Since the Withdrawal Agreement was ratified, the government has been working to develop its ‘Submit an Advanced Voyage Report’ service and the RYA has been closely engaged with that programme since November 2019. It is now going through a period of stringent testing before being released, initially as a voluntary reporting system until it beds in and becomes mandatory.

    From what we have seen and tested, the service can be accessed from a PC, laptop or smart phone and is simple to use and comply with once reporting becomes mandatory. For those who sail regularly with the same crew on the same boat, many of the fields can be pre-filled meaning that only the actual arrival and departure voyage details need to be completed. Furthermore, these details can be amended en route.

    Eligibility of RYA Qualifications to work in EU

    Every national government has the absolute right to accept or indeed to choose not to accept various qualifications for use on vessels within their territories. No amount of lobbying by us to the UK government will change that and indeed the UK government has no authority to insist upon any latitude in this area. In reality, it would be difficult for the UK government to argue for recognition of RYA qualifications in another EU member states when in fact the UK does not allow the use of their qualifications in UK territorial waters.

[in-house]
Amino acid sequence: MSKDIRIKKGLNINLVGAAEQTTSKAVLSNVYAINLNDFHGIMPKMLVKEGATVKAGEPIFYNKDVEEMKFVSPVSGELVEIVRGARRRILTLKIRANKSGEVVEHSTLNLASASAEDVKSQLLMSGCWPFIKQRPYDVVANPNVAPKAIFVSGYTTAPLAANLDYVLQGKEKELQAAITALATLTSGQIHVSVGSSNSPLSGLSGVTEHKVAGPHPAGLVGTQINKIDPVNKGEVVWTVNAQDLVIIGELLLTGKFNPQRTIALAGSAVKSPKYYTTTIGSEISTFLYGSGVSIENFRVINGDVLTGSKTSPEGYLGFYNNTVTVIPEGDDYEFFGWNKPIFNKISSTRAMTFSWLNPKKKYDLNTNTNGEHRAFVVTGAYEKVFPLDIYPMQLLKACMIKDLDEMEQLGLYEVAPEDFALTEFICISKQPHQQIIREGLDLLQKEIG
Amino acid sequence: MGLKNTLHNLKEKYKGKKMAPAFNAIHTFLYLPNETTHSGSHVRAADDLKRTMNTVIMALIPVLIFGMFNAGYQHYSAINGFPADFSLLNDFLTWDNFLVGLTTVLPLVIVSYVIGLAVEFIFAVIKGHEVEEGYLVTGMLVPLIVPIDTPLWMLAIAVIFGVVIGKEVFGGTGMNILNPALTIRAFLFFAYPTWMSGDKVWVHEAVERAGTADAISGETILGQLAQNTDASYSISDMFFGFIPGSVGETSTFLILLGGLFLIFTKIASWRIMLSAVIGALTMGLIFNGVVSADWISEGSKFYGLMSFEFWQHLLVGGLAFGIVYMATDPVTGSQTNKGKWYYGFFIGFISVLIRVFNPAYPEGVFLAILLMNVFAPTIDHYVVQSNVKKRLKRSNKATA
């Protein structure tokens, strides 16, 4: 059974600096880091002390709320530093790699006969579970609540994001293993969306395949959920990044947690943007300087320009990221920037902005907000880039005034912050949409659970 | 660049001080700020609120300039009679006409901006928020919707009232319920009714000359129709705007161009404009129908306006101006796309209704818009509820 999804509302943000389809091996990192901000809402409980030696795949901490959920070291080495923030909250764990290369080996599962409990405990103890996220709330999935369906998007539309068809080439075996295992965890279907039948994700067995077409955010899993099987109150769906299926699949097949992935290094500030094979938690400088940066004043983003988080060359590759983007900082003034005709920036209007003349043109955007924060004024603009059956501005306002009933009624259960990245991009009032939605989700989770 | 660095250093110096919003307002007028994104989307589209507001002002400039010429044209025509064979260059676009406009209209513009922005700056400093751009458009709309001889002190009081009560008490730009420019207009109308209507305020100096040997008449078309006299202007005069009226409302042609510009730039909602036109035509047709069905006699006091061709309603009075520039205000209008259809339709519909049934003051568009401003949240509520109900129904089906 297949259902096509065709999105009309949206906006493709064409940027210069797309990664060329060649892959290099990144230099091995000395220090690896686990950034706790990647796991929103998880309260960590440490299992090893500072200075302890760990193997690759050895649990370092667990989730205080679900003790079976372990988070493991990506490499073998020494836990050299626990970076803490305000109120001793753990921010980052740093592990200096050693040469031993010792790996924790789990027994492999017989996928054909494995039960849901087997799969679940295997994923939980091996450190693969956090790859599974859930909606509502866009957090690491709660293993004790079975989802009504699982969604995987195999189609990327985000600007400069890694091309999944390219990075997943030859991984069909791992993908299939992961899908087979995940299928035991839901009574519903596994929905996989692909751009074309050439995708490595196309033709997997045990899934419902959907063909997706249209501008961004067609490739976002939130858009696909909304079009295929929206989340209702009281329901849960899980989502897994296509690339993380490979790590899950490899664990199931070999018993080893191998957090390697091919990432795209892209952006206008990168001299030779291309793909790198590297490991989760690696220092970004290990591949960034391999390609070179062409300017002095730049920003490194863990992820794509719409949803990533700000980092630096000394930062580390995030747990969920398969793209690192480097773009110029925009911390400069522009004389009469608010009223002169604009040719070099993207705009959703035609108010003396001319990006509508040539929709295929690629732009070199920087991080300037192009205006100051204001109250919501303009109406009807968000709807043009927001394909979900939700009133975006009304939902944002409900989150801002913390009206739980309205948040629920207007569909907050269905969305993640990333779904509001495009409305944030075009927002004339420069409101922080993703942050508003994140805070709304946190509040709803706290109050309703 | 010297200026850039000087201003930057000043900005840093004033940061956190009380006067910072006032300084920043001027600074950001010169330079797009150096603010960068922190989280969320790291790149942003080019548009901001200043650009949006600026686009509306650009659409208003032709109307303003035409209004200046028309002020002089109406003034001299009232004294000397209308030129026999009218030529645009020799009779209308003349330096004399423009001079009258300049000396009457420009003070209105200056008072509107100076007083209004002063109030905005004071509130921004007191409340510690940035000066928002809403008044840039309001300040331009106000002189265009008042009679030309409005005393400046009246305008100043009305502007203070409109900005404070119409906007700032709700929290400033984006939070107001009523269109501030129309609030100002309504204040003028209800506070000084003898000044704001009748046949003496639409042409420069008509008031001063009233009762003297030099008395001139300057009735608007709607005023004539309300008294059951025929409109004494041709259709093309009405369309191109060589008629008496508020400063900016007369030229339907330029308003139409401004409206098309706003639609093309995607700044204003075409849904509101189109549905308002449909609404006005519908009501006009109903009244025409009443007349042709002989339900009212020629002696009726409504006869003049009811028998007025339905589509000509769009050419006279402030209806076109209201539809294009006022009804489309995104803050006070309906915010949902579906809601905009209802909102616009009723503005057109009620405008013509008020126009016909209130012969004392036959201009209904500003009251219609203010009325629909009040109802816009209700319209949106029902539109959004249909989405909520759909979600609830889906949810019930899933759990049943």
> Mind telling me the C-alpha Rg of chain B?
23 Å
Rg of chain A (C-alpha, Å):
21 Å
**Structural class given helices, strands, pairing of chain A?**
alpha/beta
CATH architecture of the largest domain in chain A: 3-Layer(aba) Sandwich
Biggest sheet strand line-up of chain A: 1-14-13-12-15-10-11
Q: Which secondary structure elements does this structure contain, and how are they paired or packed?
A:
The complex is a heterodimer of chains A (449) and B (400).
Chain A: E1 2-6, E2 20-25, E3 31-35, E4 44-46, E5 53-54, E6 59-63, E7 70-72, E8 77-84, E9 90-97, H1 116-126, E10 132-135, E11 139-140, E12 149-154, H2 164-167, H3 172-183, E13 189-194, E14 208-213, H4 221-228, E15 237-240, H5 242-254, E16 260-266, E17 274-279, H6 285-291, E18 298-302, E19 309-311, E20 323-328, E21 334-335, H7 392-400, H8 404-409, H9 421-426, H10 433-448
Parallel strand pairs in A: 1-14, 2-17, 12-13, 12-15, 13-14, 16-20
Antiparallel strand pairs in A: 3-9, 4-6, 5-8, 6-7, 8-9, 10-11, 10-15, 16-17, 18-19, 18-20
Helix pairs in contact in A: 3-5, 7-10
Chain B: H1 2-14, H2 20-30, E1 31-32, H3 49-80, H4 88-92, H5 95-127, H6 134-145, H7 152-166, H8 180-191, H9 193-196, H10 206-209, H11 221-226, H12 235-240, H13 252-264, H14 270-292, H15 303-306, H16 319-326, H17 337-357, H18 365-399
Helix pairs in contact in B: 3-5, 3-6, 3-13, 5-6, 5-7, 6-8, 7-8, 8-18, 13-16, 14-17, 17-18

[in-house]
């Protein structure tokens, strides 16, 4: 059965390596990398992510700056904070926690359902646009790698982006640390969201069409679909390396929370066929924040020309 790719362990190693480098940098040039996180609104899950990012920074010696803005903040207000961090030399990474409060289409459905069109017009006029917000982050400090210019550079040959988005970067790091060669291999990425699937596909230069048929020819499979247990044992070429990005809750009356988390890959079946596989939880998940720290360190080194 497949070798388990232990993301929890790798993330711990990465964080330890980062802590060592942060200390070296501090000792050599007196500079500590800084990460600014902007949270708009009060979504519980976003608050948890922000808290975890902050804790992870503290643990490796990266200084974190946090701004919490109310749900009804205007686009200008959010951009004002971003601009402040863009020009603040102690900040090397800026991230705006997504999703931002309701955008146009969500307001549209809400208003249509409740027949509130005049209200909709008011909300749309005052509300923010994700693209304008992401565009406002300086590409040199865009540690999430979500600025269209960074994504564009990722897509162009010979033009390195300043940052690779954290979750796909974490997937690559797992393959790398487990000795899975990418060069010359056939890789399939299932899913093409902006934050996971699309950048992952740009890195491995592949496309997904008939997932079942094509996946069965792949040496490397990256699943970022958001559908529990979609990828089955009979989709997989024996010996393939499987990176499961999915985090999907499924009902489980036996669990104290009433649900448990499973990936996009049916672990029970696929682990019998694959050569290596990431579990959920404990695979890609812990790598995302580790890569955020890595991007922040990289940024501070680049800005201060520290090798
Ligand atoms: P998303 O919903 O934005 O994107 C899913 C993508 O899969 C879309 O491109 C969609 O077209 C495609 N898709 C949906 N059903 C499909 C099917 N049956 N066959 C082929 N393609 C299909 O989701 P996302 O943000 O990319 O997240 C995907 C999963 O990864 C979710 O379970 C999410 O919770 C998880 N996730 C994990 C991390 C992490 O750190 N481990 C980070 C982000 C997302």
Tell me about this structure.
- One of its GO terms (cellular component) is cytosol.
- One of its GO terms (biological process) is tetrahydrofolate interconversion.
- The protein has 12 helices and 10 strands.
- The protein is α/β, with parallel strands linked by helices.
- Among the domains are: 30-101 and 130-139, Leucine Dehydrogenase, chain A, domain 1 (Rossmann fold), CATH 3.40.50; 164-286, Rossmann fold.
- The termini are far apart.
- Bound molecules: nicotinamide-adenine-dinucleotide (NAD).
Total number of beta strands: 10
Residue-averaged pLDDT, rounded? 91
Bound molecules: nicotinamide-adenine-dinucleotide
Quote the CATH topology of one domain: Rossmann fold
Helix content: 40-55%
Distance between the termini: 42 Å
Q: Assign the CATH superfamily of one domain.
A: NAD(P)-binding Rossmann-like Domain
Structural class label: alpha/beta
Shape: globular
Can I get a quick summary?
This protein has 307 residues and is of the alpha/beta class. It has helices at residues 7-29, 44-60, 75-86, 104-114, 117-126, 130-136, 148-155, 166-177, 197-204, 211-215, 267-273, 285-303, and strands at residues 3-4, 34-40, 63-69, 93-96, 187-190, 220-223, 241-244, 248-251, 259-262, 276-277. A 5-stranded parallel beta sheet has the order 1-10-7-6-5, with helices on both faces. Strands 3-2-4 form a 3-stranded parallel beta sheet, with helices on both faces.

Each EU member state is entitled to make their own decisions about what qualifications they will accept and we are aware that once UK becomes a third country, a number may well cease to accept UK qualifications on vessels under their respective flags. 

    RYA professional qualifications (e.g. commercially endorsed certificates of competence) are accepted by the UK Government for use on UK-flagged commercial yachts but such qualifications are not, and never have been, STCW-compliant certificates. As such, RYA professional qualifications are not subject to the mutual-recognition mechanism envisaged in the STCW convention and do not fall with the scope of the EU Directive on the mutual recognition of seafarers’ certificates. 

    RYA professional qualifications are accepted by several non-UK national administrations for use on vessels flying their flags but this is a matter for each of those administrations individually and there is no obligation on them to do so. The act of leaving the EU will not necessarily change this position, nor will it have any impact on the acceptability of RYA professional qualifications to the UK Government for use on UK-flagged commercial yachts. However, in order to overcome problems where some overseas administrations do not, or in future will not, recognise RYA qualifications, holders of commercially endorsed Yachtmaster Offshore or Ocean Certificates of Competence may wish to explore the route from RYA Yachtmaster to MCA Master, II/2, code vessels less than 200 GT/Officer of the Watch yachts, less than 500 GT. Further details of the route can be found in MSN 1858.

    Further Information